Lem Satterfield

South Africa hopes Floyd Mayweather Jr. can ‘resuscitate’ boxing

Floyd Mayweather Jr. is expected to arrive in South Africa on Wednesday as part of a week-long, four-city visit whose organizers hope to "resuscitate" boxing in the nation, a spokesman for the country's Ministry of Sport and Recreation told The Associated Press on Tuesday.

Plans are for Mayweather to give an exhibition at a gym in the Johannesburg township of Soweto, potentially visit the late South African President Nelson Mandela's apartheid-era jail on Robben Island when he's in Cape Town, and also, see the areas of Bloemfontein and East London on the south east coast, the city regarded as the hotbed of South African boxing.

Mandela, who died in December at the age of 95, was an amateur boxer and a big fan of Joe Louis and Muhammad Ali, and felt that boxing, like many sports, broke down the barriers of race.

"Remember, he's [Mayweather] the greatest athlete in the world," said ministry spokesman Paena Galane of Mayweather, who is not being paid for his appearances. "We wanted someone who's knowledgeable as a fighter and as a promoter," Galane said of South Africa's pursuit of Mayweather to be the catalyst for its boxing revival."

In the meantime, Mayweather (45-0, 26 knockouts) still is considering the opponent he will fight next on May 3 at the MGM Grand in Las Vegas amid wide speculation that he will face England's Amir Khan.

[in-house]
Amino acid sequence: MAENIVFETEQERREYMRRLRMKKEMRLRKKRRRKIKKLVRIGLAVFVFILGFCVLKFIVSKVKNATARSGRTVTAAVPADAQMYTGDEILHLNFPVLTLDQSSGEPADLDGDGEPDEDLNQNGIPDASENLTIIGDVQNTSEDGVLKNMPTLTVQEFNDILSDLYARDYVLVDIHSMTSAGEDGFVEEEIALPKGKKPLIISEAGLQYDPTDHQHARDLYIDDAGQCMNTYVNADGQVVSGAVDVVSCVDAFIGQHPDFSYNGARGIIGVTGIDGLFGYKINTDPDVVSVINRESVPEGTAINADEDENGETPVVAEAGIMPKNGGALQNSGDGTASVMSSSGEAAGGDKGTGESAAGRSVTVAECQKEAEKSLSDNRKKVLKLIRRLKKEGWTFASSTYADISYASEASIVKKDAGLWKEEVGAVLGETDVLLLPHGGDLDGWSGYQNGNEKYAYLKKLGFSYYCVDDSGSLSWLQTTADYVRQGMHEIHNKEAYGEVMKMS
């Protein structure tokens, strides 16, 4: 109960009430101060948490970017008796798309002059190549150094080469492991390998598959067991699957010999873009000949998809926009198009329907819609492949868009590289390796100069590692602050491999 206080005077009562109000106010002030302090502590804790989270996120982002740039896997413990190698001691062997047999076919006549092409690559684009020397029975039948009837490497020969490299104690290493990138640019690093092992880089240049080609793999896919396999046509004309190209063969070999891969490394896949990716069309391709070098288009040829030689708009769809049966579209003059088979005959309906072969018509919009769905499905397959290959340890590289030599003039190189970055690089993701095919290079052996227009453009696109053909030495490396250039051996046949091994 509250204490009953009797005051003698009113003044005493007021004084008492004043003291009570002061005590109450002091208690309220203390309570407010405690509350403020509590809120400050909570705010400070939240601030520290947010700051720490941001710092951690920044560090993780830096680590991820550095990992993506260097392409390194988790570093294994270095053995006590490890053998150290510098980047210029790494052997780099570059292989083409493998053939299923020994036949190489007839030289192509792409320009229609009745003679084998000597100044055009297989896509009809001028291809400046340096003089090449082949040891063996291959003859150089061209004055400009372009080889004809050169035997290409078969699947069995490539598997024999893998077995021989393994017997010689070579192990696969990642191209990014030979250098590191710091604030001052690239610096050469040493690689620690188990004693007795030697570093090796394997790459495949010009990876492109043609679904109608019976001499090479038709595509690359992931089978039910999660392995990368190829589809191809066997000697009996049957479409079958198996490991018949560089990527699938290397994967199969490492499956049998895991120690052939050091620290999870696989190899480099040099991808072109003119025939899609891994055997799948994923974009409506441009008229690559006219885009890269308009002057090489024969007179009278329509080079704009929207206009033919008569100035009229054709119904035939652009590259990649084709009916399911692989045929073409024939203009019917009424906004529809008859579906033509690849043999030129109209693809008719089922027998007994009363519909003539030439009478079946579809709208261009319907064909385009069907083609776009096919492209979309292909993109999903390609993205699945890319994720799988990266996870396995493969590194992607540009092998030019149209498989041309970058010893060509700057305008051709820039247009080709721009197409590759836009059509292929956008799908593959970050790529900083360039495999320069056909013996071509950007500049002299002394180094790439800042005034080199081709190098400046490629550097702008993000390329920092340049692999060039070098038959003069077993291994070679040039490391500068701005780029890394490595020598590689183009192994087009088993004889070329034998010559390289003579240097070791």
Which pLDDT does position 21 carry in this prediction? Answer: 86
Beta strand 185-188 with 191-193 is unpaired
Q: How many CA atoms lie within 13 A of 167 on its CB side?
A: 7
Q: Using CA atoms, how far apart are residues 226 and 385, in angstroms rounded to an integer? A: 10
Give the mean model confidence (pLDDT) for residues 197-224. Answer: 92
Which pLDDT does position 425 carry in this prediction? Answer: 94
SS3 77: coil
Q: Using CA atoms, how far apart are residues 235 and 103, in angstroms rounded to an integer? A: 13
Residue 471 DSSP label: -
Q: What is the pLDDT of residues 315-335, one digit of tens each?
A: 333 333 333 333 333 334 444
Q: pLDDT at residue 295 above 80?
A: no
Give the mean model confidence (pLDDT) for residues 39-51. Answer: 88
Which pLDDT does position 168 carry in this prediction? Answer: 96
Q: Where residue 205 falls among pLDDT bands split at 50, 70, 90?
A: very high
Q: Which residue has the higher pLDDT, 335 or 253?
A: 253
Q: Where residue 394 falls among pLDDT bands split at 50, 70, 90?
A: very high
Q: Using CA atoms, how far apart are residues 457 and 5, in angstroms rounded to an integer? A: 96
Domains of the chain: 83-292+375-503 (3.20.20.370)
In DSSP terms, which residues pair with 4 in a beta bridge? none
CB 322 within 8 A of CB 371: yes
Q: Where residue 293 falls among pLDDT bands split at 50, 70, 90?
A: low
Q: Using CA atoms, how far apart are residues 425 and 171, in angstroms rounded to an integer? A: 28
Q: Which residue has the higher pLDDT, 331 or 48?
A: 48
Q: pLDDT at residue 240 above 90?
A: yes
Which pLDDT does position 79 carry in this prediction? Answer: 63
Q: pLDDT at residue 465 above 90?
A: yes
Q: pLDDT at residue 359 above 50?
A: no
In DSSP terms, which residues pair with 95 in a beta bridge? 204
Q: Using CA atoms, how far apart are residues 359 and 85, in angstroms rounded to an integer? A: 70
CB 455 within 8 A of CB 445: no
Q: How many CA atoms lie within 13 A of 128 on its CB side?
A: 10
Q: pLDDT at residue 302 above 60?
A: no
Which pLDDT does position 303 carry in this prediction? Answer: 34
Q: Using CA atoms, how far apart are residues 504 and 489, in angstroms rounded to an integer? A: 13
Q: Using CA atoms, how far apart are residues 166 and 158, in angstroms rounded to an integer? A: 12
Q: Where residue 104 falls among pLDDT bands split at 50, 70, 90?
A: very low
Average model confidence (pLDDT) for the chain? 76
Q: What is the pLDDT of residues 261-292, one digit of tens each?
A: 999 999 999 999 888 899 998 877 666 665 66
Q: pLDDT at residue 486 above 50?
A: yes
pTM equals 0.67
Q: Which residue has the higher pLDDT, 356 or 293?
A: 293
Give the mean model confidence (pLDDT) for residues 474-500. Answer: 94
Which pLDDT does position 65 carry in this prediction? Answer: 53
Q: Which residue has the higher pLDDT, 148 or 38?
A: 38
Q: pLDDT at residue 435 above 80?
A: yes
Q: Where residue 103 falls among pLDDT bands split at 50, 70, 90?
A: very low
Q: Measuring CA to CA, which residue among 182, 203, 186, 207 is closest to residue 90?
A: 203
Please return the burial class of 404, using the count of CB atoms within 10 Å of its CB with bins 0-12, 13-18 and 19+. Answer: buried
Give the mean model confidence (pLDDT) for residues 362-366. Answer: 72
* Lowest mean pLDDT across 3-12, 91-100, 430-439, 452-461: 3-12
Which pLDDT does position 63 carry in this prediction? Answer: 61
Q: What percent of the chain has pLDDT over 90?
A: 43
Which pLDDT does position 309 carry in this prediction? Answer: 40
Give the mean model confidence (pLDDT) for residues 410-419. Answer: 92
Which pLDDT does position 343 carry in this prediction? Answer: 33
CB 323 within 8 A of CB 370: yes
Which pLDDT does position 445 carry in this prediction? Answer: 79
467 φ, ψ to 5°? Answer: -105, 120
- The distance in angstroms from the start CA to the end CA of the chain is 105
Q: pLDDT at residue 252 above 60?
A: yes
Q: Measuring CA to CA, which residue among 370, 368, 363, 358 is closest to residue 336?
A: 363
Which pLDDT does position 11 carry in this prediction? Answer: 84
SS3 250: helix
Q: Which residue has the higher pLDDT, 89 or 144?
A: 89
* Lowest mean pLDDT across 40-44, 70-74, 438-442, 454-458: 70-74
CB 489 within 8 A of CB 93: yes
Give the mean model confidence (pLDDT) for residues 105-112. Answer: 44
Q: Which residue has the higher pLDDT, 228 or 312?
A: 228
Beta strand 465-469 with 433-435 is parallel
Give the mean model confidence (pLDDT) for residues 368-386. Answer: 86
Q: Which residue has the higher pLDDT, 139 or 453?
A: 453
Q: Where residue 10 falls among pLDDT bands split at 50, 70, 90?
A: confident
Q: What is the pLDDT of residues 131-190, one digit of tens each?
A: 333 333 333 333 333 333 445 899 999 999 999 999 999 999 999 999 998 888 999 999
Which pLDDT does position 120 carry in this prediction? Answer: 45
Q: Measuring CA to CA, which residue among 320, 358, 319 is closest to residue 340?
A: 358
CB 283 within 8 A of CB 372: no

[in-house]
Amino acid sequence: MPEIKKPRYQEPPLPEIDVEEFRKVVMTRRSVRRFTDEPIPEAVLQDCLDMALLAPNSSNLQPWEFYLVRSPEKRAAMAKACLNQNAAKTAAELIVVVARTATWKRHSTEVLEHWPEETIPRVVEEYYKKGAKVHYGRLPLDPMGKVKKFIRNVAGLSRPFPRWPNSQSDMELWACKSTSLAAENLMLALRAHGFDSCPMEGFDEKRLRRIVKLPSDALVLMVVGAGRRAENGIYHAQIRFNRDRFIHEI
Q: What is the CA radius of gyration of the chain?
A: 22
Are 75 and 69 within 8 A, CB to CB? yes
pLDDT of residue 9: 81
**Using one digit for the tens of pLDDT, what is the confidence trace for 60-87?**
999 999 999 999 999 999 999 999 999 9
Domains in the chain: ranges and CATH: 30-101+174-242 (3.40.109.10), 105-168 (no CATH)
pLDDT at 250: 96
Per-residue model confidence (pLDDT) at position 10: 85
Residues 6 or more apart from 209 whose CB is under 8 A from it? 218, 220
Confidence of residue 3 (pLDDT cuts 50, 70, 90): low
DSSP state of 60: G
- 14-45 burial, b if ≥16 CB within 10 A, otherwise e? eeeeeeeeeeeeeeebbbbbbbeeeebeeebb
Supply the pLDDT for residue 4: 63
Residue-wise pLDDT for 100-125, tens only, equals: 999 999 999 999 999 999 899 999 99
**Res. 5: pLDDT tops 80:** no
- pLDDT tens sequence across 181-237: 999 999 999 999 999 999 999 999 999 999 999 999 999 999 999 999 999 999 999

Khan (28-3, 19 KOs) stated publicly late last month that he has signed his contract to face Mayweather, who was last in the ring in September, when he dethroned Canel Alvarez by majority decision for the RING and WBC 154-pound championships.

Mayweather, who turns 37 in February, already was the WBA's reigning 154-pound titleholder, having earned that belt by unanimous decision over Miguel Cotto in May of 2012.

In May of this year, Mayweather unanimously decisioned Robert Guerrero in defense of the WBC 147-pound title he had earned by dethroning Victor Ortiz via fourth-round stoppage in September of 2011, cementing his status as RING welterweight champion as well.

Mayweather-Alvarez as predicted on Showtime Pay Per View has become the highest-grossing boxing event of all time with $150 million in revenue reported, eclipsing the $136 million earned by Mayweather’s 2007 victory over Oscar De La Hoya.

An online report by Forbes’ Magazine estimated that Mayweather’s exclusive multi-fight venture with Showtime and its parent company, CBS Corporation, to be worth a guaranteed $250,000 million .  Mayweather was the highest-paid athlete in American sports  over the course of 2012 and 2013.

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